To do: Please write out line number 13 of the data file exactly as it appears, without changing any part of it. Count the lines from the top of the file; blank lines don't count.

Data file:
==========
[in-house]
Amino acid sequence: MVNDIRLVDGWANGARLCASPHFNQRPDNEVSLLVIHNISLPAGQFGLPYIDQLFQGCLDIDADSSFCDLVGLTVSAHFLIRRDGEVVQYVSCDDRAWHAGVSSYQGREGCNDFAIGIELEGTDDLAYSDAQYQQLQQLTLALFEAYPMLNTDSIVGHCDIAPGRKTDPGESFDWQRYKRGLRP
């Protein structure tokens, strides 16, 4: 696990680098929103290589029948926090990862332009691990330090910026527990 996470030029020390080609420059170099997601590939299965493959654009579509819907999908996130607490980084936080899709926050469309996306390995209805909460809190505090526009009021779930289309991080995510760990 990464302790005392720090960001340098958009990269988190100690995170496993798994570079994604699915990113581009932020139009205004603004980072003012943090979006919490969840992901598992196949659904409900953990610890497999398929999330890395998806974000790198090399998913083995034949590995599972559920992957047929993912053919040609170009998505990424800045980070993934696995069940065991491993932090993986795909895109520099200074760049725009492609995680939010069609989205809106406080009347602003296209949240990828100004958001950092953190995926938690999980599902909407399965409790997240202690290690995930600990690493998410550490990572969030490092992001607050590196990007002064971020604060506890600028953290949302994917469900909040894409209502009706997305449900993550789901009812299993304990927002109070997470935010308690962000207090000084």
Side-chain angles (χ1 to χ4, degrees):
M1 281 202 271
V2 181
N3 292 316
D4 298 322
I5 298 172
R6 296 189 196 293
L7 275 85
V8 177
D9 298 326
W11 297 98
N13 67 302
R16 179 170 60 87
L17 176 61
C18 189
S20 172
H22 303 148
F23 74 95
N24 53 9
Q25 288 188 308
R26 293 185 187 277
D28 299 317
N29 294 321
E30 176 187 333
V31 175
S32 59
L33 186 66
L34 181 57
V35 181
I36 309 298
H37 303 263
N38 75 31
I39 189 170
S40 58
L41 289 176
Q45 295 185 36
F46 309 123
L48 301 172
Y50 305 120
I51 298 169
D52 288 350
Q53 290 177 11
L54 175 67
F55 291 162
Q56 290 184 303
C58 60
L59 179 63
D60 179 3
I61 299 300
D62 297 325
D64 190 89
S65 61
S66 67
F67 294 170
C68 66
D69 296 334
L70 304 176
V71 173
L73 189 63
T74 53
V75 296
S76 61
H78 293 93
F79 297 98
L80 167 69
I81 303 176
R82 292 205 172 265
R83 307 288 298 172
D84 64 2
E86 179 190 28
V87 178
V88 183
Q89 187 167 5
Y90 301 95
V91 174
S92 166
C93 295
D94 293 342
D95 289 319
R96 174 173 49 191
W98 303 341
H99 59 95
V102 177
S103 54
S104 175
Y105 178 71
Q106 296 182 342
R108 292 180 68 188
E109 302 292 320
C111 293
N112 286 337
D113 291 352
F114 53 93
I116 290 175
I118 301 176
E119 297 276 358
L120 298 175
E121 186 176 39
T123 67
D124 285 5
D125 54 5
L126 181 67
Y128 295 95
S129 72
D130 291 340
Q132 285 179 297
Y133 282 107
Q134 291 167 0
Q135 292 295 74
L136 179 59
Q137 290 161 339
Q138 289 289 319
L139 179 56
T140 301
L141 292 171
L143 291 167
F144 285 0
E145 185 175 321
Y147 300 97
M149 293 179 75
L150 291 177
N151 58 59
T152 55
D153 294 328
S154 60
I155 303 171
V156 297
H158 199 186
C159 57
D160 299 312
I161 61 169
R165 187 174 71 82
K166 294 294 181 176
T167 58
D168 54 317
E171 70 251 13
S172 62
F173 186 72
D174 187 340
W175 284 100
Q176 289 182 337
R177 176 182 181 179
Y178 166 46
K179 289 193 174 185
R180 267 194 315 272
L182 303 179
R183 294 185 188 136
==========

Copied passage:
D9 298 326